​Fair Work bills first up in new parliament

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​Fair Work bills first up in new parliament

Prime Minister Malcolm Turnbull has reintroduced the government's Fair Work amendment bills into parliament, as promised during the federal election.

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Prime Minister Malcolm Turnbull this morning reintroduced the government's Fair Work amendment bills into parliament, as promised during the federal election.

Emergency firefighters bill


First cab off the rank was the bill to take Victorian emergency services volunteers out of the reach of union enterprise agreements (see related story).

The Fair Work Amendment (Respect For Emergency Services Volunteers) Bill 2016 makes the following amendments:

It expands the definition of unlawful term (in relation to enterprise agreements) in the Fair Work Act to include an ‘objectionable emergency management term’ – this will prohibit terms in enterprise agreements that:
  • restrict or limit the ability of certain firefighting or SES bodies to engage, deploy, provide support or equipment to its volunteers, or manage its operations in relation to its volunteers, or
  • require a body to consult, or reach agreement with, any other person or body in relation to managing its volunteers, or
  • restrict or limit a body’s ability to recognise, value, respect or promote the contribution of its volunteers to the well-being and safety of the community, or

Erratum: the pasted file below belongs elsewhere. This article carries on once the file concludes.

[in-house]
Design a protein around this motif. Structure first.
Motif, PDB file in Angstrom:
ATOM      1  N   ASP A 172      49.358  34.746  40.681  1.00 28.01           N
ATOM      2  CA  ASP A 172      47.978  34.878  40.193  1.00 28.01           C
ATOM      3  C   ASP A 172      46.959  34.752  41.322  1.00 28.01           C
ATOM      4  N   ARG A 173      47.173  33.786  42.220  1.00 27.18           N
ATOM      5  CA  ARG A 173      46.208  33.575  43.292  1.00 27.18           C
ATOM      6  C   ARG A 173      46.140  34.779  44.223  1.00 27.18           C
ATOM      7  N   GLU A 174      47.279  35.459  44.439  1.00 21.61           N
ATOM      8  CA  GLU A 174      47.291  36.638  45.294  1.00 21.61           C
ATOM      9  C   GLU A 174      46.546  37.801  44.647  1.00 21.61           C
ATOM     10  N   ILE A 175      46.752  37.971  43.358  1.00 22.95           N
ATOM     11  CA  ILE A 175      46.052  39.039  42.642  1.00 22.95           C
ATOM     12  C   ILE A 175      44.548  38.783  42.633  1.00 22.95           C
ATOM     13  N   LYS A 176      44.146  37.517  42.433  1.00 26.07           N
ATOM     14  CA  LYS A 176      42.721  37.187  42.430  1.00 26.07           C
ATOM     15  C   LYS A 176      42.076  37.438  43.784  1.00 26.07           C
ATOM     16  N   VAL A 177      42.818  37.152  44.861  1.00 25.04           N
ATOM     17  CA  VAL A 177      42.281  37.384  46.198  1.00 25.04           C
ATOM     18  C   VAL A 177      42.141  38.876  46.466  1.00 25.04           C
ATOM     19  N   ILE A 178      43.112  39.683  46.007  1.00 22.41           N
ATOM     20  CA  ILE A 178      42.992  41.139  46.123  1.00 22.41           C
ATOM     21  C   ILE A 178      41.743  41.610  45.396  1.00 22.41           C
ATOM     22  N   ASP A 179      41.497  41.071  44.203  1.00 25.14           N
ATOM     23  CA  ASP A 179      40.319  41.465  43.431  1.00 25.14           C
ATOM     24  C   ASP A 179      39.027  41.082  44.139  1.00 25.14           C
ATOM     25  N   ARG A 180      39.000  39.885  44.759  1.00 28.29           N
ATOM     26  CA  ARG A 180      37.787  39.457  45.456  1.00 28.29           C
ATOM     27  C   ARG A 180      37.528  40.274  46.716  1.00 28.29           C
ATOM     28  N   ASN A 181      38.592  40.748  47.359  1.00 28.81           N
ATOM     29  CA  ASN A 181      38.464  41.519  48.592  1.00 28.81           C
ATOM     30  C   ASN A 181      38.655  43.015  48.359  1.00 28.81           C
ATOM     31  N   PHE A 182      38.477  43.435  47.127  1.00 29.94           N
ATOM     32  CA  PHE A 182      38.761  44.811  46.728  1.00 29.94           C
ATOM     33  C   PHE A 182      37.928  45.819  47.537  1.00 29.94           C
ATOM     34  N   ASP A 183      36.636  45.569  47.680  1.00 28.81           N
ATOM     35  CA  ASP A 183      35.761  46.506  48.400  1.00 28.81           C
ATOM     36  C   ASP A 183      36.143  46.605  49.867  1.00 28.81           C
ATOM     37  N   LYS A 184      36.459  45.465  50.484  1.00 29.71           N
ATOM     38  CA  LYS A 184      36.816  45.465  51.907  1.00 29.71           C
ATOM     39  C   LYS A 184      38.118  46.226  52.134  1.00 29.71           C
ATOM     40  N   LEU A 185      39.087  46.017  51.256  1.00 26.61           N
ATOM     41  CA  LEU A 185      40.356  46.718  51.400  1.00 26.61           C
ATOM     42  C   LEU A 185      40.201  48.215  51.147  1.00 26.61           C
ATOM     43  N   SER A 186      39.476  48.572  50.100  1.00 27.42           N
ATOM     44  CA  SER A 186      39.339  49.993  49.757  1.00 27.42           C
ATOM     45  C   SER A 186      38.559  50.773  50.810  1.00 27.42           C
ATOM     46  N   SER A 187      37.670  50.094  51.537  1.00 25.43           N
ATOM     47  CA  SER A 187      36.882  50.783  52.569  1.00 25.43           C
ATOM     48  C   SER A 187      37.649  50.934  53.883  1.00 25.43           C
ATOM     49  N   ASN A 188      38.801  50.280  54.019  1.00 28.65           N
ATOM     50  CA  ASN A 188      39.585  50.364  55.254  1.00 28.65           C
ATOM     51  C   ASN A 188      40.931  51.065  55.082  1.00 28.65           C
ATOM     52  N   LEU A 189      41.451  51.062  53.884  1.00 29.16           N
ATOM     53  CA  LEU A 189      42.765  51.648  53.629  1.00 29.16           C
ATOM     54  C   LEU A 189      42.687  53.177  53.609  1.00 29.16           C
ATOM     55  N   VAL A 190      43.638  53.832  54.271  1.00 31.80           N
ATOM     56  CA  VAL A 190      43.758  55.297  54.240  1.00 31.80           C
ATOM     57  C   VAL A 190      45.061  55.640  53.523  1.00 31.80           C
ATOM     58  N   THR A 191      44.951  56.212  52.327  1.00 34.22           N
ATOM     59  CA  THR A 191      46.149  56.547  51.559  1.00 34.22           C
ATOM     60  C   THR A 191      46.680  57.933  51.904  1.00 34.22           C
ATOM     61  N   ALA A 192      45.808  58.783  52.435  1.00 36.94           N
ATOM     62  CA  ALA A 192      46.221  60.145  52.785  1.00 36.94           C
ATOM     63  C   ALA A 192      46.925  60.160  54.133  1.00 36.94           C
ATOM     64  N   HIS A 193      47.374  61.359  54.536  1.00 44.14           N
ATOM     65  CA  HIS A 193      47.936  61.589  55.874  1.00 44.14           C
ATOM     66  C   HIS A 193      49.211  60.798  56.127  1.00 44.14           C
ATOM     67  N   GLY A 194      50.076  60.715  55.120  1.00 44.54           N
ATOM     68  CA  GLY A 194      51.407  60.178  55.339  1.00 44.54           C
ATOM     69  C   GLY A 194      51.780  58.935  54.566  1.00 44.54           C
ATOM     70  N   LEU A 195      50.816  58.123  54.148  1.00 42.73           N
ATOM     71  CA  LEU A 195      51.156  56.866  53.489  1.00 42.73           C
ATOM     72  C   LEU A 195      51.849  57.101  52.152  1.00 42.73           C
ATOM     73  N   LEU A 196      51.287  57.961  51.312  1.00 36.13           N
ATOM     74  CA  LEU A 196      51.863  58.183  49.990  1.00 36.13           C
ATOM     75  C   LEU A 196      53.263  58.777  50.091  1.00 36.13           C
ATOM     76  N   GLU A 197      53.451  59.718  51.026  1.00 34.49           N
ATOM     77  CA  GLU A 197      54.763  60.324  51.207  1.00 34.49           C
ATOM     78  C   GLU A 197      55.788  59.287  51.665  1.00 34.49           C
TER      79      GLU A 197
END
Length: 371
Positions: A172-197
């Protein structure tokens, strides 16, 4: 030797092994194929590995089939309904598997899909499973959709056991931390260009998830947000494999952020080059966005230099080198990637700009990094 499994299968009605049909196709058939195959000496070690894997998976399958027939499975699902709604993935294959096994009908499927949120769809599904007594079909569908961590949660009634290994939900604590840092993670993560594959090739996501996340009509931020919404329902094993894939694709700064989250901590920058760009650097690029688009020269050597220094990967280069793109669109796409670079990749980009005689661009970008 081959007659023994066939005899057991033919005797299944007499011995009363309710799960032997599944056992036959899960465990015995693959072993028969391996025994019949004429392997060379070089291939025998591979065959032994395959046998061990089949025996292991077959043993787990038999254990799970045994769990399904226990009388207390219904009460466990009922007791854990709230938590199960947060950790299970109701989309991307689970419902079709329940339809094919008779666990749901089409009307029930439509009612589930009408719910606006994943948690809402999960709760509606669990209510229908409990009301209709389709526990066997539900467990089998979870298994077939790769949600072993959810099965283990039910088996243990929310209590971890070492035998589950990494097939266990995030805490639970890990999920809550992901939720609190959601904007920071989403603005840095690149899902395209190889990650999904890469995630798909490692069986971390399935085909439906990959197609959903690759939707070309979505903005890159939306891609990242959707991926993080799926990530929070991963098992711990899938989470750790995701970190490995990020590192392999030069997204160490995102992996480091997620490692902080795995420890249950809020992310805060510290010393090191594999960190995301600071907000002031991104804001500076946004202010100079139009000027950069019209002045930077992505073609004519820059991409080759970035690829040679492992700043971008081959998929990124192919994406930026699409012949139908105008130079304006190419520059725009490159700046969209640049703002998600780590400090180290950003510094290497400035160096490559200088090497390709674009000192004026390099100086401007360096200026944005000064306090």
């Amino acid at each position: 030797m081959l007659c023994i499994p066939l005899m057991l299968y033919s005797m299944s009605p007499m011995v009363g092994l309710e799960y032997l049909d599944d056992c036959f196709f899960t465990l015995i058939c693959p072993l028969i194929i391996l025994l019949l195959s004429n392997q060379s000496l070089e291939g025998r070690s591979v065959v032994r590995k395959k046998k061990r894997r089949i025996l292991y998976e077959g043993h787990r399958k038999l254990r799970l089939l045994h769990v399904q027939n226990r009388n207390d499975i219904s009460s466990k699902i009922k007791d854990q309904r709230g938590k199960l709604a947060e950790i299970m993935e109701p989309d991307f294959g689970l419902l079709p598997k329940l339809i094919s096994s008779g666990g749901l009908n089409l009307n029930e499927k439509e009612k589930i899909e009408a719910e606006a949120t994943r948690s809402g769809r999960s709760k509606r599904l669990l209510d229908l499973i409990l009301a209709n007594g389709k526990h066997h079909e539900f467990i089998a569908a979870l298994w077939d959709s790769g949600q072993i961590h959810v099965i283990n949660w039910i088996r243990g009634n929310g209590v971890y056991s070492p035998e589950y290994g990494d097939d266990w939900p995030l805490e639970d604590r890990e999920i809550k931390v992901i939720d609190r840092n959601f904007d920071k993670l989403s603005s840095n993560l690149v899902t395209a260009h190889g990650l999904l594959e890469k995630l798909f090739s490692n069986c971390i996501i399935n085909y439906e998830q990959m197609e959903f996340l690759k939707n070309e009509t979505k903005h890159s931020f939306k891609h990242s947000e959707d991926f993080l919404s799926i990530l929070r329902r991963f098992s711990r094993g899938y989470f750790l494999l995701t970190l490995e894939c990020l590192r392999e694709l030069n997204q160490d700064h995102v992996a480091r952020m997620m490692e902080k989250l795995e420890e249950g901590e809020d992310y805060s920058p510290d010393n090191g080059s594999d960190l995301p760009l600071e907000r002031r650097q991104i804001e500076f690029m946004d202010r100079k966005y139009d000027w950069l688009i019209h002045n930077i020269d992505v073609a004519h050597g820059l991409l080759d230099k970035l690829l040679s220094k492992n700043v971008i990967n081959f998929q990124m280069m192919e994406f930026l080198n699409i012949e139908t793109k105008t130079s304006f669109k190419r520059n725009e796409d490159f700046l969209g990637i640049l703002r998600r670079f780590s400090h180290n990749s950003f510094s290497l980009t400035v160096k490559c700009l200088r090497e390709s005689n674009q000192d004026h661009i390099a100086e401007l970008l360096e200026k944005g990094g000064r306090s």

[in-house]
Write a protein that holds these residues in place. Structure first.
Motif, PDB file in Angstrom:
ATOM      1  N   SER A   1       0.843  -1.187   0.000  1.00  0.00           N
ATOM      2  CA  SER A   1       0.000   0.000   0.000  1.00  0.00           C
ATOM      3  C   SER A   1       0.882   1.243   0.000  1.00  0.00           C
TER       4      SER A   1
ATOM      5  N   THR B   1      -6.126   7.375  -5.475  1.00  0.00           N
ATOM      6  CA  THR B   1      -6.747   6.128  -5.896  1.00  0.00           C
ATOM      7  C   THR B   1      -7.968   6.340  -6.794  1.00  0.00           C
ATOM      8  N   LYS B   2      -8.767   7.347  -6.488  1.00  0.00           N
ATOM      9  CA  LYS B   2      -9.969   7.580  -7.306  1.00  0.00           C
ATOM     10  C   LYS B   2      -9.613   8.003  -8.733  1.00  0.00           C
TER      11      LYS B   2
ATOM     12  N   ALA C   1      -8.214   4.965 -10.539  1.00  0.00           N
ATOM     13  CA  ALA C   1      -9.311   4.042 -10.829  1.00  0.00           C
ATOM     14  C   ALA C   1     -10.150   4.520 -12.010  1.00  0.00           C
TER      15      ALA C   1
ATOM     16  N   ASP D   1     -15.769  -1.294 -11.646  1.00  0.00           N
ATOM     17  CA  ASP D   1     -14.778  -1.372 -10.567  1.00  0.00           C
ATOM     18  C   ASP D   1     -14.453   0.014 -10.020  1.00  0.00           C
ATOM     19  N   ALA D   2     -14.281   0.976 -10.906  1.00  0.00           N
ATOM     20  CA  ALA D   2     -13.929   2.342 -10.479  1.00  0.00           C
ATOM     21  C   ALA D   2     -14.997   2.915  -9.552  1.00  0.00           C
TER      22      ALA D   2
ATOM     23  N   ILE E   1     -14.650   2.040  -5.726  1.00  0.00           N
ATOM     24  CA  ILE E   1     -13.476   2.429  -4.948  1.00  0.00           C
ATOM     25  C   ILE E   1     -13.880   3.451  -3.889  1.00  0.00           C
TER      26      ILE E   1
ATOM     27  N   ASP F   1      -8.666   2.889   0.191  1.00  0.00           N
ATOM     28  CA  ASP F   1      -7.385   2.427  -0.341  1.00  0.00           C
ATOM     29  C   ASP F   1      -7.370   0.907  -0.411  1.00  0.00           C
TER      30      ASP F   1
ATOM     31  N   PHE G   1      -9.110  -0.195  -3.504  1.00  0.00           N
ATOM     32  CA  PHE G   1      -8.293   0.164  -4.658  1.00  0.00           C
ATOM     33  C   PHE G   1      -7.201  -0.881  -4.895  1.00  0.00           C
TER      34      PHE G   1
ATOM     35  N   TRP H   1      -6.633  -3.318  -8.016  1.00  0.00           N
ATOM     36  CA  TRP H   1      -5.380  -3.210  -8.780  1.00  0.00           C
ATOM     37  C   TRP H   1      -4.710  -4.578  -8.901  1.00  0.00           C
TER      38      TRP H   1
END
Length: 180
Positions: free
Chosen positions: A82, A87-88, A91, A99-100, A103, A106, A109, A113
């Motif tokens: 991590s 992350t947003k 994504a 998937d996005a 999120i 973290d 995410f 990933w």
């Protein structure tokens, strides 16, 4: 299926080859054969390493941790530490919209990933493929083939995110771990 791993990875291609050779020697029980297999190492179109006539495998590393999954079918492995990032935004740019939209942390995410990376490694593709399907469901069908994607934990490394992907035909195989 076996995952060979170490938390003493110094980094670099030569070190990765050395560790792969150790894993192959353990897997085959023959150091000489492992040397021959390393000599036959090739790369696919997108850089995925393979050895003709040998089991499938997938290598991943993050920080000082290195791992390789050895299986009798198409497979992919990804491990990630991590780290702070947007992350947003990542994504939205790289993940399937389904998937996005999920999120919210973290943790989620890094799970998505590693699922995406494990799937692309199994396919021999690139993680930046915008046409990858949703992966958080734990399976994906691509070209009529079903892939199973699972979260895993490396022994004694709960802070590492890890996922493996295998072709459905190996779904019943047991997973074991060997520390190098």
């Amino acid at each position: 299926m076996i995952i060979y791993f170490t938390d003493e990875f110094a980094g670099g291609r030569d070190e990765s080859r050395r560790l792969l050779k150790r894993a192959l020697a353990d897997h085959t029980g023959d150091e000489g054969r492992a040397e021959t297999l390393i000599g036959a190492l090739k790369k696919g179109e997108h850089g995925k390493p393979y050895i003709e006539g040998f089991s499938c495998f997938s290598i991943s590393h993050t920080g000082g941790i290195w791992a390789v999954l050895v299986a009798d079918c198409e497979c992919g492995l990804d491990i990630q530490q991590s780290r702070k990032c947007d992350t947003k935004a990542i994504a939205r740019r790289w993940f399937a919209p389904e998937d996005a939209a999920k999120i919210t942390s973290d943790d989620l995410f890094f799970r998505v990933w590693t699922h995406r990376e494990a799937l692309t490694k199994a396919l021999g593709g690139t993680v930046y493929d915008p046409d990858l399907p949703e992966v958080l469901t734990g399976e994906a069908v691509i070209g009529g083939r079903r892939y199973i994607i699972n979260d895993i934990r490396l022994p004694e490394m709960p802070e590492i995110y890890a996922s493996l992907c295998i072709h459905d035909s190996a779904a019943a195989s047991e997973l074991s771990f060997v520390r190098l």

• require or permit a body to act other than in accordance with a law of a state or territory that imposes a duty, power or function on the body that could affect its volunteers.
Any such terms in an existing agreement will be legally ineffective from the day the legislation commences.

The amendments also provide volunteer organisations with the right to make submissions to the Fair Work Commission about enterprise agreements covering certain emergencyservices bodies that could affect the volunteers that they represent.
 
The Bill and Explanatory Statement can be viewed here.

Return of the ABCC?


The Prime Minister also re-presented the Building and Construction Industry (Improving Productivity) Bill 2013, which seeks to re-establish the Australian Building and Construction Commission (ABCC).

The bill – the trigger for called the July election – is in the same form that was voted down twice during the previous parliament.

The Bills and Explanatory Statements can be viewed at:

Building and Construction Industry (Improving Productivity) Bill 2013

Building and Construction Industry (Consequential and Transitional Provisions) Bill 2013 

Another attempt to bring unions under laws similar to corporations


The third Fair Work bill introduced this morning is another bill that was repeatedly rejected in 2015, and a trigger for the double dissolution: the bill to create standards of governance for unions. 

The Prime Minister said in his second reading speech introducing the legislation that “current penalties do not fit the gravity of offences” and the Fair Work (Registered Organisations) Amendment Bill 2014 [No. 4] would include higher civil penalties and a range of criminal penalties for officials.

The Bill seeks to make the following amendments:
  • establish the Registered Organisations Commission as a “watchdog with enhanced powers to monitor and regulate registered organisations”
  • registered organisations will need to disclose remuneration paid to their top five officers in the head office and any branches
  • officers will be required to disclose their material personal interests to the committee of management
  • officers will not be able to make decisions on matters where they have a disclosed interest
  • criminal sanctions will apply to officers who do not obey the new commission's investigation powers. 
The Bill and Explanatory Statement can be viewed here.
 
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